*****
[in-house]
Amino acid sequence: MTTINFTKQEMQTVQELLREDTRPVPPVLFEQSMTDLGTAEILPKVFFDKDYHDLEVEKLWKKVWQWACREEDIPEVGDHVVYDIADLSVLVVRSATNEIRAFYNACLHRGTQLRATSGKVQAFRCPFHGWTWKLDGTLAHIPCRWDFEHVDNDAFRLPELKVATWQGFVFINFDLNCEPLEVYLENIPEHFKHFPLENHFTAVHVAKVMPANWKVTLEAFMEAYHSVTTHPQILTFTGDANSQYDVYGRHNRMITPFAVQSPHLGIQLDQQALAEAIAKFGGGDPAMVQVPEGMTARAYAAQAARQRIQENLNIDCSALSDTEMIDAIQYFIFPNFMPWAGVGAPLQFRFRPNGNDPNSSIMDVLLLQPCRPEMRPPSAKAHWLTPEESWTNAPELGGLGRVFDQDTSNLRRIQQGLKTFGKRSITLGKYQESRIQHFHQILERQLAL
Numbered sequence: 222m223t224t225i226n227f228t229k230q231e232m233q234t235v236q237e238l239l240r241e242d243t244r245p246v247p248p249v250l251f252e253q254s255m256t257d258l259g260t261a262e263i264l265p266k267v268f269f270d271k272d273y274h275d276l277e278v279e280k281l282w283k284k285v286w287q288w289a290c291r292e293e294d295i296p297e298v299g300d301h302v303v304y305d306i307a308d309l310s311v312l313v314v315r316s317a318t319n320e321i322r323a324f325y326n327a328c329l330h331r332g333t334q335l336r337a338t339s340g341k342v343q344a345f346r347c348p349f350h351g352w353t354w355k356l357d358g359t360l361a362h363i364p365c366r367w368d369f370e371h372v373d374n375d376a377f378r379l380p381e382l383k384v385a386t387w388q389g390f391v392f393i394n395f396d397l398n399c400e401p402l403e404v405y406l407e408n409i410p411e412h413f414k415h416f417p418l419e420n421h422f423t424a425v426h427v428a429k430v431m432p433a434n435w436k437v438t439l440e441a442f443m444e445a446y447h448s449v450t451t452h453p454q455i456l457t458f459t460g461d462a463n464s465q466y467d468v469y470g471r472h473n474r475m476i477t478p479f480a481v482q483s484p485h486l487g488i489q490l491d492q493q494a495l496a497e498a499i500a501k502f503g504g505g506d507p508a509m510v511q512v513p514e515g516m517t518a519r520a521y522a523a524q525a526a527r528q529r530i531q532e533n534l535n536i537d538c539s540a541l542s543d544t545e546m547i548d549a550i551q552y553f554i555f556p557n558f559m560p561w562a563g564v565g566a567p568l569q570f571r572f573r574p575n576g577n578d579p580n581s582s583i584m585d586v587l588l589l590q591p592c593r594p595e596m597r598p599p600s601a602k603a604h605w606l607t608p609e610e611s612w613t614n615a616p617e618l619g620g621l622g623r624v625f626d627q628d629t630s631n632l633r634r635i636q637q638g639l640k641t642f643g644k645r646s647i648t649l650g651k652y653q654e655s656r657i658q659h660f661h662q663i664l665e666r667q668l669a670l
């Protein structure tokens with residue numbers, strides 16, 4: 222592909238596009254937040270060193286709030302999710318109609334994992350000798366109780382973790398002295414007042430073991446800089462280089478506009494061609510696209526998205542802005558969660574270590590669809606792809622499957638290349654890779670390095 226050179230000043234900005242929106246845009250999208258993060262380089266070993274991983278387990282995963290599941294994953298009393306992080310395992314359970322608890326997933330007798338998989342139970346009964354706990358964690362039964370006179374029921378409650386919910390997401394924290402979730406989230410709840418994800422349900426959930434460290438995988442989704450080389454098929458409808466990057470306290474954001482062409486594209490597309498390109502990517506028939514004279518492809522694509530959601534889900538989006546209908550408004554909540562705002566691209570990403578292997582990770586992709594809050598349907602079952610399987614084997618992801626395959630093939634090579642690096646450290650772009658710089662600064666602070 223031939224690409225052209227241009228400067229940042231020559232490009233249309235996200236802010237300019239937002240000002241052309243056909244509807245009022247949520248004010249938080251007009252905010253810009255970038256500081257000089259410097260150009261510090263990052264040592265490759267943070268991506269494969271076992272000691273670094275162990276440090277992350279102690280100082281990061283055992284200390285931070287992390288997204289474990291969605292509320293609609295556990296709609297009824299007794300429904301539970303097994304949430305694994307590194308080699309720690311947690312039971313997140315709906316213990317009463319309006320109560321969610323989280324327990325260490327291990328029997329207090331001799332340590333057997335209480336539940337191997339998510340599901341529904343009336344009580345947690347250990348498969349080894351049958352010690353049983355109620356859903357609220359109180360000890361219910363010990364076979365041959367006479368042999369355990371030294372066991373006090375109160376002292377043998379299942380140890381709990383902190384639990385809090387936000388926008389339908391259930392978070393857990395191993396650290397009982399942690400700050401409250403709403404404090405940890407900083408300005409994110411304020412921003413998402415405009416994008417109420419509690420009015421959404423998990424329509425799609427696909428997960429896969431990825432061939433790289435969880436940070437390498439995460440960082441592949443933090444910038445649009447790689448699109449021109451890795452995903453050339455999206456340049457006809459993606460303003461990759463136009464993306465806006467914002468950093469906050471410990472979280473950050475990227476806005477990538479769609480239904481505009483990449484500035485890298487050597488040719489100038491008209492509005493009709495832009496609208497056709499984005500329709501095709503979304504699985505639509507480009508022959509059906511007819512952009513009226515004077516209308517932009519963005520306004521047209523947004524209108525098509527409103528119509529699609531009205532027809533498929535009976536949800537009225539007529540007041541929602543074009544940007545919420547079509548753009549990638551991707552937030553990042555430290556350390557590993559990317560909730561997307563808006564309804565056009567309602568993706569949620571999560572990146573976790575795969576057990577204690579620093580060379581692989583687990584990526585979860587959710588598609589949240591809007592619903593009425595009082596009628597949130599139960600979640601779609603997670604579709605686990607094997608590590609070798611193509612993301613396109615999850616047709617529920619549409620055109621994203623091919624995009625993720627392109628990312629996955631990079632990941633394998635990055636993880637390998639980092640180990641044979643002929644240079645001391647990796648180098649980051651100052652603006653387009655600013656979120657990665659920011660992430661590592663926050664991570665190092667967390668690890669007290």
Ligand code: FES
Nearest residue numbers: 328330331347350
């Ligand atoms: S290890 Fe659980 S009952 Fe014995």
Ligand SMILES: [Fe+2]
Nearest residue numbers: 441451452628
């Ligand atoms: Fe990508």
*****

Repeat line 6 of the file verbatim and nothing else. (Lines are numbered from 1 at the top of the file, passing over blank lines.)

Nearest residue numbers: 328330331347350